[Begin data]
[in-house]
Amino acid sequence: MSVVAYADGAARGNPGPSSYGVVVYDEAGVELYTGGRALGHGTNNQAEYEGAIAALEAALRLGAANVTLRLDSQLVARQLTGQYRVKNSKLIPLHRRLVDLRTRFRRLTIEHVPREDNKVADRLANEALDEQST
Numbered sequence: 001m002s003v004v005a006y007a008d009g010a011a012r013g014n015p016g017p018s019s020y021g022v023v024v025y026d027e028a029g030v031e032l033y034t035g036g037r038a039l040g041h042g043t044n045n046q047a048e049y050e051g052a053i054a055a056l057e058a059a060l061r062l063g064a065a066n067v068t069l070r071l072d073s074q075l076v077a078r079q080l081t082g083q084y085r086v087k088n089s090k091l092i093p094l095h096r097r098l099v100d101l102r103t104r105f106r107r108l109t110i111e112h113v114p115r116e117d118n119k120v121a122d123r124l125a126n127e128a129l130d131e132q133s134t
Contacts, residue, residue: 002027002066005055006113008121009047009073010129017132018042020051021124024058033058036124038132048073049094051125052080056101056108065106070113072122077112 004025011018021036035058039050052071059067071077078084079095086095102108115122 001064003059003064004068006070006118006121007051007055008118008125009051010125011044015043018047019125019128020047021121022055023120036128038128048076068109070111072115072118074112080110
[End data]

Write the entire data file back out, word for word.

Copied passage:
[in-house]
Amino acid sequence: MSVVAYADGAARGNPGPSSYGVVVYDEAGVELYTGGRALGHGTNNQAEYEGAIAALEAALRLGAANVTLRLDSQLVARQLTGQYRVKNSKLIPLHRRLVDLRTRFRRLTIEHVPREDNKVADRLANEALDEQST
Numbered sequence: 001m002s003v004v005a006y007a008d009g010a011a012r013g014n015p016g017p018s019s020y021g022v023v024v025y026d027e028a029g030v031e032l033y034t035g036g037r038a039l040g041h042g043t044n045n046q047a048e049y050e051g052a053i054a055a056l057e058a059a060l061r062l063g064a065a066n067v068t069l070r071l072d073s074q075l076v077a078r079q080l081t082g083q084y085r086v087k088n089s090k091l092i093p094l095h096r097r098l099v100d101l102r103t104r105f106r107r108l109t110i111e112h113v114p115r116e117d118n119k120v121a122d123r124l125a126n127e128a129l130d131e132q133s134t
Contacts, residue, residue: 002027002066005055006113008121009047009073010129017132018042020051021124024058033058036124038132048073049094051125052080056101056108065106070113072122077112 004025011018021036035058039050052071059067071077078084079095086095102108115122 001064003059003064004068006070006118006121007051007055008118008125009051010125011044015043018047019125019128020047021121022055023120036128038128048076068109070111072115072118074112080110